Changes in urinary function following a hysterectomy may be caused by alterations in the body’s structure or neuronal function. Endopelvic fascia connects the bladder, the uterus, and the rectum to the side walls of the pelvic cavity. It also assists in supporting the rectum. The ligaments hold the cervix in place while the remainder of the uterus is unrestricted to move. This makes the cervix the direct support for the organ. The pelvic plexus consists of the sympathetic and parasympathetic neurons. Neurons are essential to coordinating smooth muscles in the bladder and intestines. The pelvic plexus is vital to the coordination of these contractions. During a hysterectomy, damage to this autonomic nerve supply may result in malfunctioning. Hence, bladder spasms after a hysterectomy occur.
Some people also experience bladder spasms after urinating. The most common cause is subacute cystitis. It is the most prevalent bacterial infection characterized by the inability to urinate or painful urination. If you have urine incontinence, your condition could worsen. Additionally, it might result in hematuria or pyuria, which is blood in the urine. It frequently causes other symptoms like fever and low back pain.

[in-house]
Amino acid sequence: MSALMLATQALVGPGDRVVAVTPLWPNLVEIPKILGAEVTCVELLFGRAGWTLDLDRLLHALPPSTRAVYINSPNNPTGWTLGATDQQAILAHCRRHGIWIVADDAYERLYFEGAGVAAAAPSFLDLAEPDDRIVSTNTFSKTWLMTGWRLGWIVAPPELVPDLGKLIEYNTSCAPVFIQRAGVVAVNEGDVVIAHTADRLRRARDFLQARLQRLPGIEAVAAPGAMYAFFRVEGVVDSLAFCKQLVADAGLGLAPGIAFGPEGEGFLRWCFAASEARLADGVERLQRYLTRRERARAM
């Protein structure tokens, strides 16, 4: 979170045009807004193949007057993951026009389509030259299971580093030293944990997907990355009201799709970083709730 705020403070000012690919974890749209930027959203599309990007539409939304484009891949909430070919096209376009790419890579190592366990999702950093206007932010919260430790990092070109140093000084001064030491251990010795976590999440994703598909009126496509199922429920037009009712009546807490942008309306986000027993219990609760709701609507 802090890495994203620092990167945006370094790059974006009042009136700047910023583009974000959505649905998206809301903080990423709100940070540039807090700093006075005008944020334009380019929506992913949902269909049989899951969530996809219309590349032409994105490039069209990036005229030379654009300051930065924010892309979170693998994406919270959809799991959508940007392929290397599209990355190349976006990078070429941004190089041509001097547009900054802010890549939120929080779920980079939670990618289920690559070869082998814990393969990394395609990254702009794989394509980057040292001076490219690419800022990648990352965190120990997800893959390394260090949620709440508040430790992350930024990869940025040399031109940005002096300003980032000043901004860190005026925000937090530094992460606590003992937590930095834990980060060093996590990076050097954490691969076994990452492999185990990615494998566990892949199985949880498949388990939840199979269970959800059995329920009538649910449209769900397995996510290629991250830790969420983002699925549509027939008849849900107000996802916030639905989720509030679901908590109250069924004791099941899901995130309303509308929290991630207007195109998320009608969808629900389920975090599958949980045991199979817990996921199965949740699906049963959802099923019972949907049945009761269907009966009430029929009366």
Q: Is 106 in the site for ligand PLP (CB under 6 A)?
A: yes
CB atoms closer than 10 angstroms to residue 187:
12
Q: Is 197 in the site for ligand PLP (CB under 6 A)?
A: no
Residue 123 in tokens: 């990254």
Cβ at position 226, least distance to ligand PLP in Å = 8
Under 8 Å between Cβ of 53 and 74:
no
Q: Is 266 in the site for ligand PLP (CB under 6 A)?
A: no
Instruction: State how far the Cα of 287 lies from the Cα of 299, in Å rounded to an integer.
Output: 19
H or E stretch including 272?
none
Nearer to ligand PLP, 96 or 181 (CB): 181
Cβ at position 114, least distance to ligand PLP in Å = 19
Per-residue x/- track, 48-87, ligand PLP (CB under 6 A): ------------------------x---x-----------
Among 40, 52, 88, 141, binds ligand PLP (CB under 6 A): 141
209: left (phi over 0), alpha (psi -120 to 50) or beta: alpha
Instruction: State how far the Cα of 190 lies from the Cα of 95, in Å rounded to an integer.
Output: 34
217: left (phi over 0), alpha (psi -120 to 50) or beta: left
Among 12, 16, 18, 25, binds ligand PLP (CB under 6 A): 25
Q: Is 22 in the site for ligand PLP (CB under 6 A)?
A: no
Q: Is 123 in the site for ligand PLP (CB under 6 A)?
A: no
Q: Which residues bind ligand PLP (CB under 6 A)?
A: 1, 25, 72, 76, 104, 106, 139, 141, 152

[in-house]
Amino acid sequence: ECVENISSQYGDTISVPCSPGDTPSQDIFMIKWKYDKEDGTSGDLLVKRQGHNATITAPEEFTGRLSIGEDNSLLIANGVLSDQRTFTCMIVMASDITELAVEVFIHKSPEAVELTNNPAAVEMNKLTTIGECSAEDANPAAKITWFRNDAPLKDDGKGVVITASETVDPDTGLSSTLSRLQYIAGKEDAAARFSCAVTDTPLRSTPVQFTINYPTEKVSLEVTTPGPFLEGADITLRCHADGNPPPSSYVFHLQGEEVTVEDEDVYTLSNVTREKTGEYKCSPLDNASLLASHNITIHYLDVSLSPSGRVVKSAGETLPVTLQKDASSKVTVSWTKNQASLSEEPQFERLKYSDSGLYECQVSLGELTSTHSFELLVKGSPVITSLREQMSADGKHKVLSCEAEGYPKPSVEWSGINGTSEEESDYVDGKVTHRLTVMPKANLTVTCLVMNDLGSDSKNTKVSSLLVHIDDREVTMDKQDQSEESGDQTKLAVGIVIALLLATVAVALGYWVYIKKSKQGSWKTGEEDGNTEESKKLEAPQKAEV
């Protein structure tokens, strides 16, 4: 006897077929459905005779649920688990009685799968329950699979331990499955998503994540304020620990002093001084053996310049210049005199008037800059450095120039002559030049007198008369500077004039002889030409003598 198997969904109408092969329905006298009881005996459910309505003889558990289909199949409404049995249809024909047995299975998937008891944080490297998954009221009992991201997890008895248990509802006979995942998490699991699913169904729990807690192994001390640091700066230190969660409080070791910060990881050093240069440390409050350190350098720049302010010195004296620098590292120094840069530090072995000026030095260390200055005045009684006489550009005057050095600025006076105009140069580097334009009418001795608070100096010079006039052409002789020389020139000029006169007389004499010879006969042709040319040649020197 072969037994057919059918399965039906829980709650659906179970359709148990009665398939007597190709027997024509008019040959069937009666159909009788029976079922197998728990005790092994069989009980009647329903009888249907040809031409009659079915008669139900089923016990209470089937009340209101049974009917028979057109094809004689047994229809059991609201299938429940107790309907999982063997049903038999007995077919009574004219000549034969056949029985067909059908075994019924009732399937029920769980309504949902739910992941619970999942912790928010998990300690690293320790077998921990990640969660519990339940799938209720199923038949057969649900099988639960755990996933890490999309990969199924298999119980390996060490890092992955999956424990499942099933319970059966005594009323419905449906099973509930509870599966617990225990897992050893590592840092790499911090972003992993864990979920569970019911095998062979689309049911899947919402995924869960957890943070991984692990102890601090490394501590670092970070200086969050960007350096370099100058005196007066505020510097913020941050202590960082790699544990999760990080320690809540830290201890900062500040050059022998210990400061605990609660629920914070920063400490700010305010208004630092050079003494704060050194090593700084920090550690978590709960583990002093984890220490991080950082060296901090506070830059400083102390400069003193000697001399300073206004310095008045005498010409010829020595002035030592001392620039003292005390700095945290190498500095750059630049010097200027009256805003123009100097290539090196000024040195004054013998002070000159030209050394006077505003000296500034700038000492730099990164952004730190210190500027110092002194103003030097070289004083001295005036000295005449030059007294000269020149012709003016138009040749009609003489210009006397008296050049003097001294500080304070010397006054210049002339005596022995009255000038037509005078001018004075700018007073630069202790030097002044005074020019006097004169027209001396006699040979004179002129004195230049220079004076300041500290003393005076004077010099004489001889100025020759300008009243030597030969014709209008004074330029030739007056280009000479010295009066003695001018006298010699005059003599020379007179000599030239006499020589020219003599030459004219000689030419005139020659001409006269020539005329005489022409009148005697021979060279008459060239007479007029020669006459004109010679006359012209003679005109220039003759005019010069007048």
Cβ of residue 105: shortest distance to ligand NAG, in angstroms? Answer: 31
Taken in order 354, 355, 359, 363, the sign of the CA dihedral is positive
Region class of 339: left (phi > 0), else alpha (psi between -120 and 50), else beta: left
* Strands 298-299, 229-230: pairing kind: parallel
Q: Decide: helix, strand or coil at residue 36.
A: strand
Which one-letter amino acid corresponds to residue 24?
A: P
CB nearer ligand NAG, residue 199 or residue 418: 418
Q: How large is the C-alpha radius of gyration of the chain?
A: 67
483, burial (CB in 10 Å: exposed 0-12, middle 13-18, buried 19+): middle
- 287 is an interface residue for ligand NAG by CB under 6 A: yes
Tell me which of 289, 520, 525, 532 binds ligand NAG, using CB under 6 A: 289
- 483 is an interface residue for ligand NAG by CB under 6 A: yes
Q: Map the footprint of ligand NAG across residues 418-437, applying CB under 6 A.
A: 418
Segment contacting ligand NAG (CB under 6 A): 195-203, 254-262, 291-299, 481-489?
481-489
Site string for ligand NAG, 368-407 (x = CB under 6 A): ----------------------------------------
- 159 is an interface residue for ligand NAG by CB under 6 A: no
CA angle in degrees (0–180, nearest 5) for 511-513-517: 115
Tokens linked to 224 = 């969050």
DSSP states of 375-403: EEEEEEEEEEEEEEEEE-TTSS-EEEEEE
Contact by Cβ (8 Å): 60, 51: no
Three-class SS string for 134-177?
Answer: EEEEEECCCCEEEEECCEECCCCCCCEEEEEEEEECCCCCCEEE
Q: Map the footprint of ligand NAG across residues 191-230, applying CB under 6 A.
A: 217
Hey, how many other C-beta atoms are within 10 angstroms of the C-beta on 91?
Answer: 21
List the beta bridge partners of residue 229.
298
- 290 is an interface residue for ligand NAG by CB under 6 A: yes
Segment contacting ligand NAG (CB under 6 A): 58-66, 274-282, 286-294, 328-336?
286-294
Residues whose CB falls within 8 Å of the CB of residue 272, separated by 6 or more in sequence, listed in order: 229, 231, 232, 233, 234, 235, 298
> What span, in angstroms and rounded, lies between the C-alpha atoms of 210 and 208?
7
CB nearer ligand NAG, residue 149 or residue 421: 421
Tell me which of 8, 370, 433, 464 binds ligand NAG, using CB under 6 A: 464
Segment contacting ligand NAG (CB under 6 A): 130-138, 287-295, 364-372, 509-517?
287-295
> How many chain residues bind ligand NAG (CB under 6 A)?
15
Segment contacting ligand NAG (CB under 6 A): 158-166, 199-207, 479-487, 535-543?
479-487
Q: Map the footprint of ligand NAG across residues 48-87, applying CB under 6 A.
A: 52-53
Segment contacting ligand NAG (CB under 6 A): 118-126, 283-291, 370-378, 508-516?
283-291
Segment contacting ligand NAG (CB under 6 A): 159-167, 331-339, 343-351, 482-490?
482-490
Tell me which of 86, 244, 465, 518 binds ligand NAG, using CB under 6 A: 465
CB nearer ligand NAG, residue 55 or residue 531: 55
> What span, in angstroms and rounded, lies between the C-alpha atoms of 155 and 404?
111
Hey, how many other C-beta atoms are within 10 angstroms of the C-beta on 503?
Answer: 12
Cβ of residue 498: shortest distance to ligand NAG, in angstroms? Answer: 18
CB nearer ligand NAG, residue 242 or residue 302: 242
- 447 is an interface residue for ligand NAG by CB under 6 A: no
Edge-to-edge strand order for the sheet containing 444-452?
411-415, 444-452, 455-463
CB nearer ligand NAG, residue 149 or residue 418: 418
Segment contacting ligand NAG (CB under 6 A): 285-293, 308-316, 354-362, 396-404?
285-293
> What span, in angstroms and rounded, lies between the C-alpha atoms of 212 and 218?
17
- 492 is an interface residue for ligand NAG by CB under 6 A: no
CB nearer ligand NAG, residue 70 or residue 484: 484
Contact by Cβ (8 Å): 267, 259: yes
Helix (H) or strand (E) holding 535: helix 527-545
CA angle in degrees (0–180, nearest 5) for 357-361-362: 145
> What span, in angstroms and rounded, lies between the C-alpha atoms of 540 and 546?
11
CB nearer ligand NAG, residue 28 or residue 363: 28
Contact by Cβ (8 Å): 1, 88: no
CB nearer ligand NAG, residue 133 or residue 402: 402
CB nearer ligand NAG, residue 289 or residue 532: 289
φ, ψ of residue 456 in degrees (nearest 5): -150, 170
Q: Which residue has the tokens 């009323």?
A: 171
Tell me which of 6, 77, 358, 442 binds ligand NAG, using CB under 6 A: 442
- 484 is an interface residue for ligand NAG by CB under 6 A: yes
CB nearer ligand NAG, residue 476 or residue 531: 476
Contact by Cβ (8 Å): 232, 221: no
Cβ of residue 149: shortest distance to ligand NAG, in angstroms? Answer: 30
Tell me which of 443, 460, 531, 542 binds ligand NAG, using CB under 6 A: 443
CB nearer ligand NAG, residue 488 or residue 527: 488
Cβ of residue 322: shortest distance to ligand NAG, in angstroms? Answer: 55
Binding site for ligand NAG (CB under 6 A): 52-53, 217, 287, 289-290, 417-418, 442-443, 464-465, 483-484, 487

Symptoms of bladder spasms after urinating include a strong urge to urinate even if the bladder is empty and pain in the pelvic area.
You should seek immediate medical assistance if spasms induce a high fever, considerable pain in the pelvic floor muscle, or blood in the urine. They will thoroughly examine your symptoms to determine a suitable treatment plan.
The first step in treating bladder spasms is comprehending their signs and causes. The following can lessen the frequency and intensity of bladder spasms and enhance your quality of life:
Lifestyle modification and other treatments may help you better control and lessen your bladder spasms. Treatment for the underlying problem, such as an infection, is likely to be successful in alleviating the related symptoms.
You should consult a physician if any of your symptoms persist or worsen. You may need to alter your existing treatment regimen or try a different medication.
See Also: Bladder infection vs. UTI: What’s the difference?
Bladder spasms are uncontrollable contractions of the muscles in the bladder wall. These abrupt, forceful contractions can encourage urination even when the bladder is not full. Bladder spasm is a common sign of bladder issues such as urine incontinence, interstitial cystitis, or bladder irritation. They are also common after a hysterectomy.
Treatment options include medication, lifestyle modifications, and physical therapy. A healthcare professional should be consulted to identify the underlying cause of bladder spasms and create an effective treatment strategy.
A skilled team of specialists offers comprehensive treatment at Family Medicine Austin, including experts in women’s health and UTIs. Make an appointment immediately to enjoy the benefits of individualized, tailored medical care.